You may think, isn’t it cliche to talk about general things? Plus it’s so unnecessary because the general points are usually too basic. I don’t want to write a school essay.

I hear ya, but here’s the thing:

  1. Not everyone that reads your blog post knows everything (or even ANYTHING) about the topic you’re writing about. You can't assume that you are writing for people who have the same level of information that you do.

    So, rather than leave the beginners totally confused and abandoned, a general introduction will equip them with the right concept and terminology to properly understand the rest of your blog post.

    (If you had skipped the explanation of face oils, people who have never heard of face oils would think it’s crazy to put oil on their faces.)

    BTW, for readers who already know the general stuff, they'll just skim through that intro part. It won't be an issue.

  2. Even if you’ve explained the general idea in a different blog post before, it’s NOT REDUNDANT to write about it again. You can’t assume that your reader has read that particular post before.

    The readers who are currently reading right now may be totally new to your blog. So it doesn't hurt to re-explain stuff for their convenience.

    It doesn't mean that you have to explain it from A to Z. Just briefly explain AND link that part to the previous post. You can add, "I've talked about face oils and why they're actually good for your skin in *this post*."

Making your writing easy to follow may mean that you have to write a little bit more before diving into the points, but it's better than confusing them!

When your writing is easy to follow, no matter if your reader is a beginner or otherwise, it’ll just flow better.

 

Second strategy: Make it conversational by including your friend.

A blog post is NOT supposed to be a lecture. And you’re not a lecturer.

The best outcome of writing is when your reader feels that you’re speaking to them, and there’s a conversation flowing between you and them (for the whole blog post!).

If you want your reader to be your friend, write as if they're your friend.

When this happens, your writing will be conversational. The words that you use are more informal (and casual) and you phrase your sentences differently. It’s the difference between writing “There are several varieties of face oils in the market” and “You can check out a few different face oils in the market”.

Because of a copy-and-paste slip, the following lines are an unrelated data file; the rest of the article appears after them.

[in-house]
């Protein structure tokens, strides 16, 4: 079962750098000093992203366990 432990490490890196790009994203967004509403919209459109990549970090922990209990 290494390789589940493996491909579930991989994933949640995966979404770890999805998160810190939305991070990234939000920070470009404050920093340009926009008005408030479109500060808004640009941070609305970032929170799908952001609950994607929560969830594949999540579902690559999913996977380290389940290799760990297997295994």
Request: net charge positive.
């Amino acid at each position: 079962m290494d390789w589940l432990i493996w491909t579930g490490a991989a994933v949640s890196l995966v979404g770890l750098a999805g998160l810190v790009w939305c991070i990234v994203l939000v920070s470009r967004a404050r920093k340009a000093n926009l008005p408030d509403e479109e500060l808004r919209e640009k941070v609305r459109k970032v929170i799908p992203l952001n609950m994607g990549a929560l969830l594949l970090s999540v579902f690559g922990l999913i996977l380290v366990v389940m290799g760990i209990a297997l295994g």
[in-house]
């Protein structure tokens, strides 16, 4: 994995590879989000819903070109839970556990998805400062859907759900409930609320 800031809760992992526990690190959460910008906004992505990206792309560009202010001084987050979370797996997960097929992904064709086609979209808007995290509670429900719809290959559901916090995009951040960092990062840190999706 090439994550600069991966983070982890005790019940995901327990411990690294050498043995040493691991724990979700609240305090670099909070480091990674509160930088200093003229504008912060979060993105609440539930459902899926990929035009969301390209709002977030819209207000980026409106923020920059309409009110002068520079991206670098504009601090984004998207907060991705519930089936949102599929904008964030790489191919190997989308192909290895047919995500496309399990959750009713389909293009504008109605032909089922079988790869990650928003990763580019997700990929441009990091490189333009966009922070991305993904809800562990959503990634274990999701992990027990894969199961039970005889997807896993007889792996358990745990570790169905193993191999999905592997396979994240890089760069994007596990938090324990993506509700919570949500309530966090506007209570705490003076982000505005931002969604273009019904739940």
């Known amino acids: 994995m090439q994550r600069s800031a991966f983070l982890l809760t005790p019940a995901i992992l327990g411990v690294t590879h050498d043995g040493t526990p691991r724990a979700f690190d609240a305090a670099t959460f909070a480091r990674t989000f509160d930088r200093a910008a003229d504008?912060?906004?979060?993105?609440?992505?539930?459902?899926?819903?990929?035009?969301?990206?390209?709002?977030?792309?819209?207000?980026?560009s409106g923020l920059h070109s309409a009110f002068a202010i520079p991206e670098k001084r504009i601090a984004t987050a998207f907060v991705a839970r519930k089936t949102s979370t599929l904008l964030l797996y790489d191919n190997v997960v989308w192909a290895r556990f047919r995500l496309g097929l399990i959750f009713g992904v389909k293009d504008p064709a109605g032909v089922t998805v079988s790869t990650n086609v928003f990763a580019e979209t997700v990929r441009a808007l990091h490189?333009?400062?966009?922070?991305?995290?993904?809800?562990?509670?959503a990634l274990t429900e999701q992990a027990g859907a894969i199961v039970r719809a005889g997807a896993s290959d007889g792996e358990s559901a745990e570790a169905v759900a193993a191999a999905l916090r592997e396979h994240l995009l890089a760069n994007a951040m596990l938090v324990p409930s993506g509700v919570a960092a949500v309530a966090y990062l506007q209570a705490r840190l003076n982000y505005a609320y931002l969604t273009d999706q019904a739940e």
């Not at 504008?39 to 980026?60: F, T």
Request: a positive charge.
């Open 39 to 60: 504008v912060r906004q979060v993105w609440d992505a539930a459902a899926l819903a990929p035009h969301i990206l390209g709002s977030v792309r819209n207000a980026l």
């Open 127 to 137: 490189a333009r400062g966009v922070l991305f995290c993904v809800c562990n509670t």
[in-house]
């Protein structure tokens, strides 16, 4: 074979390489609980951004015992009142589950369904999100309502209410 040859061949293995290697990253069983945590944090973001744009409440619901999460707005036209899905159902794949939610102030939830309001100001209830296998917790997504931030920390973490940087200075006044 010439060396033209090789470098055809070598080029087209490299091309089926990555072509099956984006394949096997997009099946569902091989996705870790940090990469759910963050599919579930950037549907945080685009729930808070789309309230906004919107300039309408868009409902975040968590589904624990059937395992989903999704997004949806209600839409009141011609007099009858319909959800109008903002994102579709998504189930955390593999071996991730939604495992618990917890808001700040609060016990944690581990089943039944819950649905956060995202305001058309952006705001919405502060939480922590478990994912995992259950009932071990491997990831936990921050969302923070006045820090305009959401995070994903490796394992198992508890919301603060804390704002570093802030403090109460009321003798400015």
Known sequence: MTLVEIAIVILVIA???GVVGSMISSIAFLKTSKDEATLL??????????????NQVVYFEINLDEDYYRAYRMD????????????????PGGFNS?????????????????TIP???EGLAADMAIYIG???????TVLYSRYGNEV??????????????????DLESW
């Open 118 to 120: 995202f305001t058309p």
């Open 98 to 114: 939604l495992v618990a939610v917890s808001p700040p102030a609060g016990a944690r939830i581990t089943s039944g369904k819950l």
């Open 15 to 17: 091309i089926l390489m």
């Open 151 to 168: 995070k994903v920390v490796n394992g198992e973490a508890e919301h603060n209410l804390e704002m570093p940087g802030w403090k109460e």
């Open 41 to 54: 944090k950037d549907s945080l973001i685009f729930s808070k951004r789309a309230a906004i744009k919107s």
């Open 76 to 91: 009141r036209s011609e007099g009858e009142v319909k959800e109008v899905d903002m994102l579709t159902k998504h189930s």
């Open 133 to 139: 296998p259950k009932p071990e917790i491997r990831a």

(OK, maybe not a perfect example there, but you get what I mean)

But how to make it conversational when you’re writing on your own? You can’t always have your friend with you to help you write.

Well, you’re gonna have to work double-time and cover for your friend too. Basically, write AS IF you’re having a conversation with your friend.

If your writing still doesn’t feel conversational enough, no worries. It’s time to edit. (My writing rarely turns out conversational enough the first time — I usually need to edit in the conversation)

Here's how you edit in the conversation:

1) Take whatever you've written. Look at it in front of you.

2) Paragraph by paragraph — read it out loud. It has to be out loud. Not just in your head, OK? You have to hear what you’re writing for this strategy to work.

3) Read it in the best intonation possible, as if your friend is in front of you. Like you're telling your friend something.

4) Occassionally, switch roles and become your friend for a bit to ask questions. Like, suddenly, you'll be the friend who asks, "Wait, I thought it's bad to put oils on your face??" This will be a good opportunity for you to include the questions as well as the answers.

When you write as if you’re having a conversation with your reader, you’ll hit the natural flow of the conversation. What question will your friend ask first? How will your friend react to this or that? You’ll KNOW, because the conversation is happening inside your head! Now you just have to put them into words.

 

Third strategy: Relate to your readers by finding out WHO they are.

The way to REACH inside and GRAB your reader’s brain is to understand this: WHO is your reader?

Day after day, when you’re tapping away on your laptop, or scribbling away on your notebook, who do you imagine you’re writing to?

If you say you’re writing to Anyone or Everyone, that means you’re not PERSONALIZING your writing enough.

Structure is important, but knowing who you write to is even more CRUCIAL to making your blog post understandable.

When it’s not personalized, it means that it’s general. Like it’s not intended for anyone. Your reader is reading and he/she isn’t feeling special, because it’s not personalized to him/her. Your writing won’t flow the way it’s supposed to in his/her head.

At work, there’s usually a few talks every month that everyone is supposed to attend. And I’m REALLY bad at listening to talks. I either fall asleep (despite my good intentions) or play with my phone. The talks are usually too… General. And general = boring. So I don’t pay attention.

To get my attention, the speaker would have to speak as if they’re speaking to me PERSONALLY. They have to mention things that relate to ME. Not the person beside me.

Make your reader feel special by making the blog post ABOUT THEM.